EXCEPTION 3: Sometimes animals will discriminate between training sessions and programs to the point where they will perform the behavior well in training sessions but not in a program. If this is the case, a trainer may just choose to end the program and commit larger amounts of reinforcement to the behavior when done well in the program. However, point be known: most animals discriminate between training sessions and programs because the set ups are different. If a trainer can set up the same conditions or, better yet, make the conditions more challenging than those in the program, the animal is less likely to discriminate between sessions. In fact, if the behavior is challenged to higher criteria in training session, the trainer is more likely to get improved criteria in programs.
The point is clear though: a trainer must address problems at the soonest possible opportunity, otherwise the animals will learn avoidance for any behavior they so choose. A trainer should not get caught up in the pace of program such that he/she does not take the time to address problems. Make time to fix problems or they will snowball into an uncontrollable nightmare.
Never reinforce a bad bridge.
If the behavior was wrong, it was wrong. You only worsen a problem by rewarding the incorrect behavior. If you make the mistake of bridging and not rewarding often, the bridge will lose its value and the animal won’t listen to it anyway. Bridge or no bridge if a reward follows a behavior done wrong, you have just increased the likelihood of the pig doing it incorrectly again. In most cases, poor bridges come from you not knowing what you want and deciding that it was incorrect when the animal was on its way back for the reinforcer. You must know what you want, otherwise don’t bridge and definitely do not reinforce.
Always use targets to tell the animal exactly where it is suppose to be.
If the pig move away from you before the signal is given to go do a behavior, don’t accept it. If the animal comes to you as you attempt to reinforce it, don’t reinforce it. Take the time to target the pig in place and reinforce when they stay in place. Targets allow trainers to be specific. If the imaginary target is not enough and the animal has “forgotten” where it should be or how to do it correctly, then use a real one —- target the toy, hands or otherwise. You make your job harder and the pig’s if you leave them to guess what you want. You are a leader and must guide them to success by being clear. Use your tools wisely.
Always begin an interaction when the animal is paying attention to you.
Do not beg the pig to join you by snapping your fingers endlessly. Do not wave a hand target in its face if you know it has no intention of targeting immediately. Do not step forward until the animal is showing you it is ready. If possible, don’t even start the behavior until the animal is up and looking for your attention. Most of all do not accept the animal immediately after it has just returned from intentionally walking away from you. Each of these actions degrades your relationship with the animal!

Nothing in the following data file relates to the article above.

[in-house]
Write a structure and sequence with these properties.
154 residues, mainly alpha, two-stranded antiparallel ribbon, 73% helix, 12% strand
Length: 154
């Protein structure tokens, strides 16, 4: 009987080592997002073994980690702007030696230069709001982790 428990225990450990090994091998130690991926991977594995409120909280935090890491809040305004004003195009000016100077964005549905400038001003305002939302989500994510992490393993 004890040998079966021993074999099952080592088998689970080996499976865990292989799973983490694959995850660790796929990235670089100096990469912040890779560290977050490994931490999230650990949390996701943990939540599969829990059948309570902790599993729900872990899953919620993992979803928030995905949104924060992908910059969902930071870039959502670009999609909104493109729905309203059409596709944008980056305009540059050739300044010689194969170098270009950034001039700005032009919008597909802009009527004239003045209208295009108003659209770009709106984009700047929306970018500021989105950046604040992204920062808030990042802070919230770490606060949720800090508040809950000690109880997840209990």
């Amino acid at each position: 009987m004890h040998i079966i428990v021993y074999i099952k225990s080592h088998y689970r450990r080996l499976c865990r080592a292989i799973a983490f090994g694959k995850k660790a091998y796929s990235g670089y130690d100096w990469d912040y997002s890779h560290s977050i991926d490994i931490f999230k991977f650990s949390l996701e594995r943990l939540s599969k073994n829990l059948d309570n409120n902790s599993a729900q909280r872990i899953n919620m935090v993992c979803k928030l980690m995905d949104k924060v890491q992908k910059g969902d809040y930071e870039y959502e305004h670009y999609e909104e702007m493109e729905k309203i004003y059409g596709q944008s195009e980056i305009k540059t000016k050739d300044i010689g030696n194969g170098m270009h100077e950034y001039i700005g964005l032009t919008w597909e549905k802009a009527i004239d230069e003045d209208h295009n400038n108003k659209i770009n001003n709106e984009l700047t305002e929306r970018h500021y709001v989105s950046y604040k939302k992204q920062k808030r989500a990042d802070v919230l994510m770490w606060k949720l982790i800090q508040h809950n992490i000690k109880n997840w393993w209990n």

In order to be a leader, you must make the pig believe the interaction is based on your schedule, not it’s schedule. Every time you look out of the corner of your eye and see the animal hopeful in anticipation for your attention, that is the time to give it. If you are a reinforcer, you must offer yourself when the animal is giving its attention. More and more, you will see the animal looking for you and giving you attention when least expected!
Always give the animals breaks before they need them.
If you don’t give an animal a break, it’s going to take one anyway, whether it walks off or just plain ignores you. If you find the animal deciding when to leave instead of you giving it an opportunity to leave, then you don’t have enough breaks built in to your session. You have lost the animal’s attention and it believes you aren’t going to give it breaks anyway… so now who is in control?
Just as important as starting with the animal’s sharp attention, it is essential to end on it as well. The perfect time for a short break is after the animal has done well for chains of behaviors or short periods of interaction. End with the reward you intended and remove your attention from the animal. Remove your hands, your eye contact, if needed, just walk away. Make it obvious to the animal you have released it.
A break can be ten seconds or two minutes but the gap in time should be apparent to you and the animal. If there are other animals or other trainers in the area, the break should be brief such that the animal does not use it as an opportunity to go harass the other animals or trainers for attention. If the animal is so keyed into getting attention, keep the breaks short in these cases or time them so they coincide with breaks taken by the other trainers and animals. Then, when you are ready to begin again, out of the corner of your eye look to see if the animal is looking for you and grab that opportunity to start the next period of training!